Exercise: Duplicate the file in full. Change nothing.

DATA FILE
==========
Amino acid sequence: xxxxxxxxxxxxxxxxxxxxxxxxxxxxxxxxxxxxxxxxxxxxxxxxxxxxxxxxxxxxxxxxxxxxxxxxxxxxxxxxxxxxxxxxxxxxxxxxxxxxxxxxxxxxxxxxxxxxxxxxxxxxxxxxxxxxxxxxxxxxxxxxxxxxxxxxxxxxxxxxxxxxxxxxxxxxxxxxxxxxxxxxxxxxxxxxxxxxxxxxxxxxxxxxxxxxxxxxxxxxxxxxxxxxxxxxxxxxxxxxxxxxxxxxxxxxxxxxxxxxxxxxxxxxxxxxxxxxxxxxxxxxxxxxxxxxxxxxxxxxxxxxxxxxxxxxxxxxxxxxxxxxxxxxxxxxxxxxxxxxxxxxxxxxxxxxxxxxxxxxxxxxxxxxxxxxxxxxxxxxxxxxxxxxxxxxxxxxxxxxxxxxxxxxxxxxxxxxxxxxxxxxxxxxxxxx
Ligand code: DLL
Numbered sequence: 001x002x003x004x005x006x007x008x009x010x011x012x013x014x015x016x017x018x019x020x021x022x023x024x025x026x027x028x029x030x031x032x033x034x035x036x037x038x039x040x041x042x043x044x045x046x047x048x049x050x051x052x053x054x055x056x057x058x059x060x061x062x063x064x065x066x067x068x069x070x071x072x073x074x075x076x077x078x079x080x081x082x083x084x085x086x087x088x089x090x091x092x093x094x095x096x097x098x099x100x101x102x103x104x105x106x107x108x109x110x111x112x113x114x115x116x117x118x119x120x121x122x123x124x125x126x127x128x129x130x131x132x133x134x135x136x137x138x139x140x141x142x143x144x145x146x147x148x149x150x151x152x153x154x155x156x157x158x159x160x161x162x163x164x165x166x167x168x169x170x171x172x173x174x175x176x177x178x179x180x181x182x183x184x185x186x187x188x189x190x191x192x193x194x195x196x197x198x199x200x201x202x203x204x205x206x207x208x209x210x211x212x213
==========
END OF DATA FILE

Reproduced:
Amino acid sequence: xxxxxxxxxxxxxxxxxxxxxxxxxxxxxxxxxxxxxxxxxxxxxxxxxxxxxxxxxxxxxxxxxxxxxxxxxxxxxxxxxxxxxxxxxxxxxxxxxxxxxxxxxxxxxxxxxxxxxxxxxxxxxxxxxxxxxxxxxxxxxxxxxxxxxxxxxxxxxxxxxxxxxxxxxxxxxxxxxxxxxxxxxxxxxxxxxxxxxxxxxxxxxxxxxxxxxxxxxxxxxxxxxxxxxxxxxxxxxxxxxxxxxxxxxxxxxxxxxxxxxxxxxxxxxxxxxxxxxxxxxxxxxxxxxxxxxxxxxxxxxxxxxxxxxxxxxxxxxxxxxxxxxxxxxxxxxxxxxxxxxxxxxxxxxxxxxxxxxxxxxxxxxxxxxxxxxxxxxxxxxxxxxxxxxxxxxxxxxxxxxxxxxxxxxxxxxxxxxxxxxxxxxxxxxxxx
Ligand code: DLL
Numbered sequence: 001x002x003x004x005x006x007x008x009x010x011x012x013x014x015x016x017x018x019x020x021x022x023x024x025x026x027x028x029x030x031x032x033x034x035x036x037x038x039x040x041x042x043x044x045x046x047x048x049x050x051x052x053x054x055x056x057x058x059x060x061x062x063x064x065x066x067x068x069x070x071x072x073x074x075x076x077x078x079x080x081x082x083x084x085x086x087x088x089x090x091x092x093x094x095x096x097x098x099x100x101x102x103x104x105x106x107x108x109x110x111x112x113x114x115x116x117x118x119x120x121x122x123x124x125x126x127x128x129x130x131x132x133x134x135x136x137x138x139x140x141x142x143x144x145x146x147x148x149x150x151x152x153x154x155x156x157x158x159x160x161x162x163x164x165x166x167x168x169x170x171x172x173x174x175x176x177x178x179x180x181x182x183x184x185x186x187x188x189x190x191x192x193x194x195x196x197x198x199x200x201x202x203x204x205x206x207x208x209x210x211x212x213